Fitness as we age

Getting older doesn’t mean your health needs to deteriorate. Staying fit and healthy for senior Australians can be easier than you think. Sanjay Gupta, Physiotherapist, Cranbrook Care examines some of the physical and mental challenges as people age, and how to minimise the effects of getting older.

1)What are some of the challenges in mobility as people age?

Ageing can lead to physical challenges with a person’s ability to move through muscle weakness, joint stiffness and range of movement. This can lead to reduced balance and an increased risk of falls. A person’s physical endurance also tends to decline as they age, meaning that they are not able to walk as far, as quickly, or for as long. Pain and disease may also impact the ease with which older people move. The key challenges with mobility as people age are maintaining the ability to move around easily, painlessly and safely.

2) What are some of your top tips for keeping healthy as you age?

Keeping physically and mentally active, eating well and staying connected are the three most important things to do as you get older. This doesn’t necessarily mean running marathons, completing triathlons, counting calories and posting all about it on social media – it can be a simple as a brisk daily walk, limiting alcohol, stimulating the mind by reading or playing mind stimulating games, and keeping up with friends and family.

Here are Sanjay’s top tips:


  • Undertake some resistance training exercises at least two to three times a week to maintain muscle mass, strength and joint motion. Also include exercises or activities that target the heart and lungs such as a brisk walk, a gentle cycle or a gentle jog.
  • Consider taking up activities such as dancing, gardening, bush walking, yoga, tai chi, swimming or aqua aerobics.


  • Maintain a healthy weight by eating a balanced diet and maintaining an active lifestyle.
  • Include plenty of vegetables, legumes, nuts and low sugar fruits such as berries.
  • Minimise processed foods, salt and sugar.
  • Eat plenty of protein. Aim to eat the equivalent of your body weight (in kilograms) in protein (in grams). If you weigh 60 kilograms, you should consume about 60 grams of protein daily. Try to consume lean beef, poultry, eggs or dairy. Tofu is a great substitute for meat for vegetarians.
  • Avoid smoking and excessive alcohol (a sherry or two with a celebratory lunch is fine!).

Mental Health

  • Keep mentally active by maintaining a social life and staying connected with others.
  • Challenge the brain through things like reading, playing chess, Sudoku, bridge or enrol in courses.
  • Learn and maintain hobbies and skills.
  • Don’t get too anxious about small things.

3) How should diets changes as we age?

As we age, we experience a gradual loss of muscle tissue. On average this is approximately 3 kilograms of muscle loss per decade. In addition to the usual advice for healthy eating (plenty of fresh vegetables, limiting sugars, reducing salt and alcohol intake), as we age it is essential that we eat plenty of protein to give the body the building blocks it needs to maintain and/or reverse the loss of muscle mass. Our bodies are especially receptive to amino acids immediately after exercise, so the 30 minute window after exercise is the best time to eat proteins. Some studies suggest that older adults may need between 20 and 30 grams of protein per meal/snack to stimulate protein synthesis. To put that into context, that’s a reasonable sized chicken breast or a fillet of salmon.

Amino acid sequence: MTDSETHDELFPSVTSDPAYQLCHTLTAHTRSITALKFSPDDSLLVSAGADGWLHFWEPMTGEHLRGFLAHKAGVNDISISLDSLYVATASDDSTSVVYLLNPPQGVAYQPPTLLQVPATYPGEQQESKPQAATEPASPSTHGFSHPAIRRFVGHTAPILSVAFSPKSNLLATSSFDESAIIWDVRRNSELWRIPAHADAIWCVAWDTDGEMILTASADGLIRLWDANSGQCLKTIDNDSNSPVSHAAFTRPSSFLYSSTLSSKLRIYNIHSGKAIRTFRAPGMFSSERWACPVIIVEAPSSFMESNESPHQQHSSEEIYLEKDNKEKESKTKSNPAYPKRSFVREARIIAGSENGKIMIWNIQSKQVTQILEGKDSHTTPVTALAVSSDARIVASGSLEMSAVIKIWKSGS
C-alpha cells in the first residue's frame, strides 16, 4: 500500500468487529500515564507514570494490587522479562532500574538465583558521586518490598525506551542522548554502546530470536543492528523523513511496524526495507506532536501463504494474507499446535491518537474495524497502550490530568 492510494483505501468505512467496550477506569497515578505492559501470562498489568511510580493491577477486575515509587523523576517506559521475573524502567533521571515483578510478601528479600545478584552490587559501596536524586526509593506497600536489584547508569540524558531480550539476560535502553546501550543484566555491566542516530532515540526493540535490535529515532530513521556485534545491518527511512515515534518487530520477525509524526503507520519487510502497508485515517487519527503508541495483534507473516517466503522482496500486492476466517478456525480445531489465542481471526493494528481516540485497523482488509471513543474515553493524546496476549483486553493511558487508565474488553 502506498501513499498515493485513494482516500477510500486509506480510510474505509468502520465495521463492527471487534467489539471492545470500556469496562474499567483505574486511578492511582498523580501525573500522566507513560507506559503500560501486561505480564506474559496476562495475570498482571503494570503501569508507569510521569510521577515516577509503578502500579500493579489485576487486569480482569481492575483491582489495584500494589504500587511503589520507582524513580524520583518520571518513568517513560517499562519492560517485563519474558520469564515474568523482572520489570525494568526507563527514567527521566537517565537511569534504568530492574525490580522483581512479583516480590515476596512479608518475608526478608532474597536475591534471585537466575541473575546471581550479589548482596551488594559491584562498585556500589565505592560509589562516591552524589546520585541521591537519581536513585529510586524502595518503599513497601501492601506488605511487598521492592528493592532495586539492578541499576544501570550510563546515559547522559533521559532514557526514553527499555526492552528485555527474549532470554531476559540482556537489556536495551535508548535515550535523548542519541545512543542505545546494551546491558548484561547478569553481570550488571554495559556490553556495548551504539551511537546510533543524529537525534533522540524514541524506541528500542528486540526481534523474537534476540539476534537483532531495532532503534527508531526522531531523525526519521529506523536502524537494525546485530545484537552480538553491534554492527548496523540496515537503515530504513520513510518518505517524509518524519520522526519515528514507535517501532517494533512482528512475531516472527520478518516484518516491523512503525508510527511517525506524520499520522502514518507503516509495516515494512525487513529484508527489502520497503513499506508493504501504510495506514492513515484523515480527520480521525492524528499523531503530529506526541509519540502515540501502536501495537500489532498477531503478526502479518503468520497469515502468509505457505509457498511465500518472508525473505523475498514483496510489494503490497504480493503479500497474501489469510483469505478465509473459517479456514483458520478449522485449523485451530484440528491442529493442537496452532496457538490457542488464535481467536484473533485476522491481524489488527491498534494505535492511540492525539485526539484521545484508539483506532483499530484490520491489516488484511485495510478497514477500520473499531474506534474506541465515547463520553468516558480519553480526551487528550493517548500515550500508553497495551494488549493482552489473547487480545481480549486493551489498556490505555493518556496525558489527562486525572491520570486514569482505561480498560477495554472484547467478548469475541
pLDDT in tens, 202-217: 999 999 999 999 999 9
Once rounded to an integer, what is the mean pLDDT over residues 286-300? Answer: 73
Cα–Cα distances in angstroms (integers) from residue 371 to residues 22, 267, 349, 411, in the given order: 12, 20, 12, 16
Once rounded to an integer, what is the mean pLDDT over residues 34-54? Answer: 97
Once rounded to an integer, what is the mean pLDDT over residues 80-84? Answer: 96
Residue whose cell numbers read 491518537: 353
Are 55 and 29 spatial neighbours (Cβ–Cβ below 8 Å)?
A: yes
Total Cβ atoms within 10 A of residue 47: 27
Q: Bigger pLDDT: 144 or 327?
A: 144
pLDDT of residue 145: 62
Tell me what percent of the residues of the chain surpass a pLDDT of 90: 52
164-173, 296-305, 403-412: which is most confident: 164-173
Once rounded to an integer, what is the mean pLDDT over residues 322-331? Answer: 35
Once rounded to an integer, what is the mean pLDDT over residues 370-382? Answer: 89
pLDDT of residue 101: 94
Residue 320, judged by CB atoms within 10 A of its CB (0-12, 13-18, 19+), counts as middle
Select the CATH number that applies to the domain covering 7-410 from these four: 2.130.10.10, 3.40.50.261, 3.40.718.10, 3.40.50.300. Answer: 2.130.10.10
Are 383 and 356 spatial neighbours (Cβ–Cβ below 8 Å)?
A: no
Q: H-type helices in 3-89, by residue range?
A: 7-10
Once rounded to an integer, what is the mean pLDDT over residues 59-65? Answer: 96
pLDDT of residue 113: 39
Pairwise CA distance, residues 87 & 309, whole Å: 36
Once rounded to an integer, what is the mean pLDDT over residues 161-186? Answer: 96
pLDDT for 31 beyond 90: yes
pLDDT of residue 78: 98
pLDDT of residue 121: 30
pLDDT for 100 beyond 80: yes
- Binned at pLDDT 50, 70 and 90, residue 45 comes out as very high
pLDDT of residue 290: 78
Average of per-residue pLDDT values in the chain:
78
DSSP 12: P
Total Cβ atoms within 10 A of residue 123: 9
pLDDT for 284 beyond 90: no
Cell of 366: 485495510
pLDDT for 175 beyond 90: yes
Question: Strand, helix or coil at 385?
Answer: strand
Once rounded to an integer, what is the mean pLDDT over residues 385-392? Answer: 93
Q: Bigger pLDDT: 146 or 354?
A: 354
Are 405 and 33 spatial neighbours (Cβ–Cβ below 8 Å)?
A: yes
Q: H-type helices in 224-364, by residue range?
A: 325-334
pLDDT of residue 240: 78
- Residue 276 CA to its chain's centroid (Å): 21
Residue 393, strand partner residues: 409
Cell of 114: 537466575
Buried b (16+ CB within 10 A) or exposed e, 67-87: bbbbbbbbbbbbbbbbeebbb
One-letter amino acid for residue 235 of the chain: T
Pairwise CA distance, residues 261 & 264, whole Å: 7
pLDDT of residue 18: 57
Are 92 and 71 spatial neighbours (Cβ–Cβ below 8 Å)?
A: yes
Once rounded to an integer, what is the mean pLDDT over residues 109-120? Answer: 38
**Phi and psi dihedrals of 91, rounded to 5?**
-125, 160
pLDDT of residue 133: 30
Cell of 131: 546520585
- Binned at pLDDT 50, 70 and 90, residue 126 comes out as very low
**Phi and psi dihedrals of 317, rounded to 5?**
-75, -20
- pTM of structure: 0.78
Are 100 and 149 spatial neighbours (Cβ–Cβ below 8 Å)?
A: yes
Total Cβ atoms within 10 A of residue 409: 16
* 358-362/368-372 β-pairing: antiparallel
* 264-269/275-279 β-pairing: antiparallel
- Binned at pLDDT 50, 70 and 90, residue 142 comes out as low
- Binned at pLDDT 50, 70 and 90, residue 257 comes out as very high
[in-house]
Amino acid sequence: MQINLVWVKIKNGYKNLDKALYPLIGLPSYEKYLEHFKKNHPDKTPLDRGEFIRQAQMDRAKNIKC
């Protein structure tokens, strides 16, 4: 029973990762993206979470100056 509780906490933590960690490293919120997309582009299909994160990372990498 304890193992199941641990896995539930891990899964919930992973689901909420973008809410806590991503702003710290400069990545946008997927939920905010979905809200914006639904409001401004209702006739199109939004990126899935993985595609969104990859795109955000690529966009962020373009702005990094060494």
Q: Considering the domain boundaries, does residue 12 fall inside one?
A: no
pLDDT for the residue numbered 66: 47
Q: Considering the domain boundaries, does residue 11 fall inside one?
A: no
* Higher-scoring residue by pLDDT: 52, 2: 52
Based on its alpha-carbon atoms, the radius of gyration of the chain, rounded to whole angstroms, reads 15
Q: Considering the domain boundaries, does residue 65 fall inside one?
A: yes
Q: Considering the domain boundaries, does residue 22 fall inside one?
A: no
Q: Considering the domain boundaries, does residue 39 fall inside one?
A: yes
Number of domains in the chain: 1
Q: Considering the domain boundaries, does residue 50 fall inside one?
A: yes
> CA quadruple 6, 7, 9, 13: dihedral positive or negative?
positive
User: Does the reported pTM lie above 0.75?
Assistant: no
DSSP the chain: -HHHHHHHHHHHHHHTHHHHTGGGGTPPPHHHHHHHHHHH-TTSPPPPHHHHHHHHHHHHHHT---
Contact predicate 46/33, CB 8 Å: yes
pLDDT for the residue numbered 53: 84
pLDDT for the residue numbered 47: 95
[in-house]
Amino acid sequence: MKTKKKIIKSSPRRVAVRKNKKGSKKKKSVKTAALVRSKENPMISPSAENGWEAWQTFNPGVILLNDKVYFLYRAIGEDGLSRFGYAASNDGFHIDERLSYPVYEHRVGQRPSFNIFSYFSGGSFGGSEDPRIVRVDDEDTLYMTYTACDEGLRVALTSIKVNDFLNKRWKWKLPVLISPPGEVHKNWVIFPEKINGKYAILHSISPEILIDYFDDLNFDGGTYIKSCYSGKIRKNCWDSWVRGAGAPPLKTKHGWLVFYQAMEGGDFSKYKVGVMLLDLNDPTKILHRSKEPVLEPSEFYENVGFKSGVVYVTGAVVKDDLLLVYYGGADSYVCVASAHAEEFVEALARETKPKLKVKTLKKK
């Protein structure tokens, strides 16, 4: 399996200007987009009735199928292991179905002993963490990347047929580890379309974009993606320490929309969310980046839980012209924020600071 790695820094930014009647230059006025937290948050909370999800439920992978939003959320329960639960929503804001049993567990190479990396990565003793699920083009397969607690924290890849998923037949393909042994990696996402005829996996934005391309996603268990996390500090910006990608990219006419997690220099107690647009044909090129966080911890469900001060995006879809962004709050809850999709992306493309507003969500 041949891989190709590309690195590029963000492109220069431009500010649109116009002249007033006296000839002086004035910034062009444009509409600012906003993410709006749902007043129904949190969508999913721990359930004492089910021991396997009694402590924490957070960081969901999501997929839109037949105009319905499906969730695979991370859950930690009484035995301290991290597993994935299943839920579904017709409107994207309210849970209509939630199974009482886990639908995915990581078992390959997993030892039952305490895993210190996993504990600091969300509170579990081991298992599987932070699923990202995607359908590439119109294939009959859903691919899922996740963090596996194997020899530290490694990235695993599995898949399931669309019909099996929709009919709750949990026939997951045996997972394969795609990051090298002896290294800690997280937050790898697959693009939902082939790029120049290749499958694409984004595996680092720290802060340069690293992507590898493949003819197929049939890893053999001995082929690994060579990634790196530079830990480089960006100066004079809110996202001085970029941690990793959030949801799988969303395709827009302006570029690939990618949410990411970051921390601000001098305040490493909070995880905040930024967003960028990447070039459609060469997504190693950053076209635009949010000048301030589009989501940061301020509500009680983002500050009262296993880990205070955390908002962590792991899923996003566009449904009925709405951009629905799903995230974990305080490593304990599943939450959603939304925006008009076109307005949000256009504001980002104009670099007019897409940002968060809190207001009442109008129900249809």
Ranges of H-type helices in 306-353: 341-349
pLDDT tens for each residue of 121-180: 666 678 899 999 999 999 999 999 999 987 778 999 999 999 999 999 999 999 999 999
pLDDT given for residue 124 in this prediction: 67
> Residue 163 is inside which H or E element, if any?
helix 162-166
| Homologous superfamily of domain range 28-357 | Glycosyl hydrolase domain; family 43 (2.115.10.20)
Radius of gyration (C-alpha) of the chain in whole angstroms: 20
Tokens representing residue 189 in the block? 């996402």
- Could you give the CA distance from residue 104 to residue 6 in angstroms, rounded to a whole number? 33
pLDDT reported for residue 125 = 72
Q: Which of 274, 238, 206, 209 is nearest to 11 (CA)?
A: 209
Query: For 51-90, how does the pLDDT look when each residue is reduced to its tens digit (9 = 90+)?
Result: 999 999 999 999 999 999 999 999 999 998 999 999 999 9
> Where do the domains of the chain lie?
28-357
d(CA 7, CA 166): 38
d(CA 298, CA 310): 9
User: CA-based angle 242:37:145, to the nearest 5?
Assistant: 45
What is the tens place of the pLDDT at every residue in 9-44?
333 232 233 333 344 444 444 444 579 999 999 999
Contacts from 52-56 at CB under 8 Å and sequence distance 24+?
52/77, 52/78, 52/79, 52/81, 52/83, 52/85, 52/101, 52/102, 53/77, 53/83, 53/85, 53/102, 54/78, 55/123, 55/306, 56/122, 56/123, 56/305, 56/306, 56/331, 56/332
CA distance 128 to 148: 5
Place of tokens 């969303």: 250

4) How can we keep mobile as we age?

The bottom line is by staying physically active we stay physically mobile. Maintaining muscle mass and muscle strength through progressive resistance training is the most beneficial thing we can do as we age. It not only assists with mobility, balance and bone density, it also helps with maintaining or managing blood pressure, cholesterol and blood sugar levels.

 5) What are some of your top exercises for older Australians?

 Working at a moderate to high intensity level, choosing exercises that target the major muscle groups as well as the cardiovascular system are the best exercises to do as we age.

 Here are my top exercise tips:

  • Exercise with weights two to three times per week, performing 8 – 12 repetitions per exercise.
  • Add some light impact exercises such as jumping or running to improve bone density.
  • Impact exercises in a pool can help if there are pre-existing bone or joint conditions.
  • Add balance and stability work like standing on one leg or walking heel to toe. Gradually increase the degree of difficulty by bouncing a ball or choosing an unstable surface.
  • Try to exercise in a group, covering off both physical and mental stimulation.

At all Cranbrook Care aged care residences, Reflections wellness centres offer residents a carefully considered approach to health and wellness, featuring hydrotherapy pools, consultations suites and gyms with the latest age-specific exercise equipment imported from Finland. Each residence also has a hair and beauty salon on site and the Leisure and Lifestyle team keep residents busy with a choice of daily activities, including history seminars, art and crafts, games and in-house concerts – designed to maintain emotional wellbeing and keep the mind active.


About Cranbrook Care

Commencing operations in 2000, Cranbrook Care is a multi-award winning provider of premier aged care and retirement residences. Focused on the delivery of quality, age appropriate living for mature Australians, Cranbrook Care’s Aged Care portfolio encompasses Lansdowne Gardens (Neutral Bay) and William Cape Gardens (Central Coast), with brand new residences in Sydney’s Hills Shire (Bella Vista Gardens, Kellyville) and Inner West (Bayswater Gardens, Abbotsford).

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